LOCAL FOOD News Roundup

October 12, 2011 at 8:53 pm Leave a comment

Riverpark Farm

© Photo courtesy of Riverpark Farm. See caption at bottom of article.

Farm Table Opens amid Urban Farm Fields

Riverpark Restaurant, a tony new restaurant off the FDR Drive in Midtown Manhattan, added a new twist to urban farming when it unveiled a novel outdoor growing operation that surprised even the most jaded New Yorkers.  Peppers, eggplants, tomatoes and a multitude of other crops grew in thousands of double-stacked milk crates, the urban equivalent of farm fields.

Now diners can enjoy those fields close up.  Riverpark Restaurant set up an outdoor “Farm Table,” which customers can reserve for family-style lunch and dinner celebrations.  The restaurant can host up to 12 people at the outdoor table.  There’s a minimum charge of $1,800 for dinner events.  For lunch, it’s $1,400.

Diners better take advantage of the table soon as the farm will likely move indoors for the winter season, said Arianna Nuzzo, guest relations manager at Riverpark Restaurant.  The move won’t be hard as the farm — built in modular milk crates — can be easily transported.  It will move to a sun-splashed empty floor in the building in which the restaurant is located.  The restaurant plans to build a greenhouse to accommodate the farm during future winter seasons.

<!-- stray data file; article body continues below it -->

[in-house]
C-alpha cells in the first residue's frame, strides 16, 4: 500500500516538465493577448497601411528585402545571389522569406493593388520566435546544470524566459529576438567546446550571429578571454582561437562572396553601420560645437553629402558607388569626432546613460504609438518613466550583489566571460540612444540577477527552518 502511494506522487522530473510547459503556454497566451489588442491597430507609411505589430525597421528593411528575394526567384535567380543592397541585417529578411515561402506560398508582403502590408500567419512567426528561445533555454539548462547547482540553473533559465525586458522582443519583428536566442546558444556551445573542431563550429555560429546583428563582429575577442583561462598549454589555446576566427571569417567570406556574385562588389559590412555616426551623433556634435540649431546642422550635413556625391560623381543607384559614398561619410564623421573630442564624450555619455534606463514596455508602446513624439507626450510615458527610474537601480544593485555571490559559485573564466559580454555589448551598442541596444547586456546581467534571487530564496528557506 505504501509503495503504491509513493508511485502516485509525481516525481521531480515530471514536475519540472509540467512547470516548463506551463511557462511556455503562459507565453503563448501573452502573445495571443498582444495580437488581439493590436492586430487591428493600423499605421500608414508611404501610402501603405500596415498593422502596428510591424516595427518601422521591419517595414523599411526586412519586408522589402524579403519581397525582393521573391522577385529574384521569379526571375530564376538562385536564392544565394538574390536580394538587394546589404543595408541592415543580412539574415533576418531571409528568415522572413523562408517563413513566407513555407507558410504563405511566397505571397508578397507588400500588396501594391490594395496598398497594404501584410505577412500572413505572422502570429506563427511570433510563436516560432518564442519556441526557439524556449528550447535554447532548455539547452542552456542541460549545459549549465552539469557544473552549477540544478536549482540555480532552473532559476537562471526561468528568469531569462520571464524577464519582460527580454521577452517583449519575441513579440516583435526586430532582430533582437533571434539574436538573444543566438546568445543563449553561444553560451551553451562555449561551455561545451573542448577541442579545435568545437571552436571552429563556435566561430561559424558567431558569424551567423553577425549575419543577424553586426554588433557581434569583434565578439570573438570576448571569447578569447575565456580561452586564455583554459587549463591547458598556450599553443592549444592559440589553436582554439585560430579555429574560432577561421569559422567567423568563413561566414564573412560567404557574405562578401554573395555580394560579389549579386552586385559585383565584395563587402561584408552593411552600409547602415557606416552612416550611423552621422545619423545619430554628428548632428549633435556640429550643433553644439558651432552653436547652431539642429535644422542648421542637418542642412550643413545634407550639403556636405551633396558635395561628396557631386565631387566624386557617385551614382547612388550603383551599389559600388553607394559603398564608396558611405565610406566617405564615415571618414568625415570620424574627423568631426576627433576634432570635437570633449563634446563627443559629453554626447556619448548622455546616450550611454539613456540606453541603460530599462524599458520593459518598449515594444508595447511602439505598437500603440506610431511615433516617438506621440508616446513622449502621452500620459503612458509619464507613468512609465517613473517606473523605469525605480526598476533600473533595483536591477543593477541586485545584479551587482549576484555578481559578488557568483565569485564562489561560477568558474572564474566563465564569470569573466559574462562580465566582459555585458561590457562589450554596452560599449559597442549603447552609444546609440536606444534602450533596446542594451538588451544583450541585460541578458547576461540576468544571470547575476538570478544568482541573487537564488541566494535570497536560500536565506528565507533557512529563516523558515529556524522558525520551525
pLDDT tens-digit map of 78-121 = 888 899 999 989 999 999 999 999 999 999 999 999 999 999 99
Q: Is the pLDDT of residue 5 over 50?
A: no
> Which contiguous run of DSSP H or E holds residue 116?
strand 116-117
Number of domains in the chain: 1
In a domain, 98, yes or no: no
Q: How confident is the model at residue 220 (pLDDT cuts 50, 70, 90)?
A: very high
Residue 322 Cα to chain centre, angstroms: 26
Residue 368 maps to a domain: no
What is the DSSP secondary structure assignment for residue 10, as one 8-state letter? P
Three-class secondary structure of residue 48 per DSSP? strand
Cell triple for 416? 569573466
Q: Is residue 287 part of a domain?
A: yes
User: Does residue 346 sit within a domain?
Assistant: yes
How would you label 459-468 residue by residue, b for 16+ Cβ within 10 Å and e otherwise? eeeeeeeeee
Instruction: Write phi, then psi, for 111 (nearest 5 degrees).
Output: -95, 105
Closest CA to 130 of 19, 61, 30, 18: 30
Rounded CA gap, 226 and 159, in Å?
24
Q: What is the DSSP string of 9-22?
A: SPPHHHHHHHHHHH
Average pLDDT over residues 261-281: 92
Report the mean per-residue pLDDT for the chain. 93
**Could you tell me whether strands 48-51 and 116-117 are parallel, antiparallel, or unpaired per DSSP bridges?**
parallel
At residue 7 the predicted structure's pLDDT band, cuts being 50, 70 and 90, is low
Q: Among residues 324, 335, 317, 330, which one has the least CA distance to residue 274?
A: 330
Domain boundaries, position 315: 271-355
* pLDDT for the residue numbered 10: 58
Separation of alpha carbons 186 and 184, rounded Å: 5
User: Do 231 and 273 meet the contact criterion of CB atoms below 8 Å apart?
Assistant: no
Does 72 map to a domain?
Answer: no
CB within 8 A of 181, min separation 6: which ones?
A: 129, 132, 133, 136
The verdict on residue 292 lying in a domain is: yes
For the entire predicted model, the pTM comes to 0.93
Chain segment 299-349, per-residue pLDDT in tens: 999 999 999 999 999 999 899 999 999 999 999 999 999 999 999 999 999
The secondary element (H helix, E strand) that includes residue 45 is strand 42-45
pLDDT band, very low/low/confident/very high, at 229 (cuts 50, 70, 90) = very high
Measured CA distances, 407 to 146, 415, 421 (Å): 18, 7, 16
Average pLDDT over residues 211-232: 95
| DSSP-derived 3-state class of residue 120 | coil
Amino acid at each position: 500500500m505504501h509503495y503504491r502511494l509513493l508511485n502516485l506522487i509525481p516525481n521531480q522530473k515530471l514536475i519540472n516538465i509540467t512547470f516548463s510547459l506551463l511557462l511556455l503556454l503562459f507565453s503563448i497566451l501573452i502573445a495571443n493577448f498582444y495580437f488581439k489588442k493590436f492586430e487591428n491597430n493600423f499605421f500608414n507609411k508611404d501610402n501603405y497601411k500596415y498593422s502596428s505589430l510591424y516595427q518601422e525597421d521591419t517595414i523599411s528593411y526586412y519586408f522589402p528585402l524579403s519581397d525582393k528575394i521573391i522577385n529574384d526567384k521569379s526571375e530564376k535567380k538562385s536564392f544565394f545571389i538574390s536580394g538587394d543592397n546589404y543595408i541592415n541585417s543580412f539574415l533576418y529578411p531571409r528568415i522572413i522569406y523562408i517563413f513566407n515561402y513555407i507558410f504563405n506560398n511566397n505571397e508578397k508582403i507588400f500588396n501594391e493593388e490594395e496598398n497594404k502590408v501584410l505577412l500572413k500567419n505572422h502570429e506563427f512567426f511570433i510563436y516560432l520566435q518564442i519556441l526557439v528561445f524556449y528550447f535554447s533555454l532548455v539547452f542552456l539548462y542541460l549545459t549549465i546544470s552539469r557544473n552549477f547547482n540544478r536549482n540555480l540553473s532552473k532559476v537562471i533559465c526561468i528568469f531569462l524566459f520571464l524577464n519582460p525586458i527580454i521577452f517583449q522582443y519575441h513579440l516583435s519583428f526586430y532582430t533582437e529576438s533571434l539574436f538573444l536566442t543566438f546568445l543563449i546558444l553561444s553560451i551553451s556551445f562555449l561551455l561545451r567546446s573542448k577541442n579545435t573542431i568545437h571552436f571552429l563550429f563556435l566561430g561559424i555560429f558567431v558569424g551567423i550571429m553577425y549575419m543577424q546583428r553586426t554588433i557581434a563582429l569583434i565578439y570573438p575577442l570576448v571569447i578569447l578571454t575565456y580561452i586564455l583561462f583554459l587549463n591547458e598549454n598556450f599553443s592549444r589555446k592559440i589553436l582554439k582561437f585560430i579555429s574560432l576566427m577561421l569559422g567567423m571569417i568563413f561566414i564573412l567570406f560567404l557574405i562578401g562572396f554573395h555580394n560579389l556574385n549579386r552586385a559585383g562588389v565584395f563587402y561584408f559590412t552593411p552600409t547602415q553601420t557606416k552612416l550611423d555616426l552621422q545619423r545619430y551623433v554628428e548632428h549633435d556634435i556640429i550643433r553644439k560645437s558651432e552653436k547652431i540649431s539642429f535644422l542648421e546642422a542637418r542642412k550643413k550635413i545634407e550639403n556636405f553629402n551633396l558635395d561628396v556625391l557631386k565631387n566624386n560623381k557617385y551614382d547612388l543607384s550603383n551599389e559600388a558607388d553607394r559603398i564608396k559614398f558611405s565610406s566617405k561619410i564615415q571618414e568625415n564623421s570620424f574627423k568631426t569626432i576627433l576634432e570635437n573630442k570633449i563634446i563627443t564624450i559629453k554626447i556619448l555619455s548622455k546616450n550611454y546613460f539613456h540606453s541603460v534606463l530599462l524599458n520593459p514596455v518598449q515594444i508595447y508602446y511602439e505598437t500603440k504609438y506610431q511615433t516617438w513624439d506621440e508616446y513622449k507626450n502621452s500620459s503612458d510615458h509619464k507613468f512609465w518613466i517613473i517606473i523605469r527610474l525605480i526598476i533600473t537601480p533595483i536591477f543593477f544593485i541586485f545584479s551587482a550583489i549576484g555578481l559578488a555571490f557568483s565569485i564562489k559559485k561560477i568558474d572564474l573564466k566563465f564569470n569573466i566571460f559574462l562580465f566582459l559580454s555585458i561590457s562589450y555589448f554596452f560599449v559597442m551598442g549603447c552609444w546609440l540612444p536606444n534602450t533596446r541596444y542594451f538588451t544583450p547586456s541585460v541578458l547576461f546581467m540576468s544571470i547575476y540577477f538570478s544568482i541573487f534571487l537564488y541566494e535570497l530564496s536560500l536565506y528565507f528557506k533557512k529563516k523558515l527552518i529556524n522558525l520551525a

Caption for photo above: Riverpark Restaurant’s outdoor “Farm Table” is set in the restaurant’s urban vegetable farm.

Planters Grove

© Photo by Margarida Correia. See caption at bottom of article.

Mr. Peanuts Inspires East Village Garden

Mr. Peanuts — the dapper mascot for the peanut products in Kraft Foods’ Planters brand — has inspired the creation of a new garden in the East Village.  The peanut-shaped garden — named Planters Grove — opened last week at the Lillian Wald Houses, a public housing development project. The garden features over 600 native flowers and a good many vegetables and herbs, including sage, rosemary and thyme.

Planters teamed up with the New York City Housing Authority and two nonprofits that train low-income youths in conservation and environmental careers — The Corp Network and Green City Force (GCF) — to develop the garden. GCF program participants will maintain the garden, which is located at Avenue D and 5th Street.

Caption for photo above: Planters Grove, a peanut-shaped garden that opened last week at the Lillian Wald Houses in the East Village, features over 600 native flowers and many vegetables and herbs, including sage, rosemary and thyme.

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Entry filed under: City Farmers, Local Food Production, Urban Agriculture. Tags: , , , , , , .

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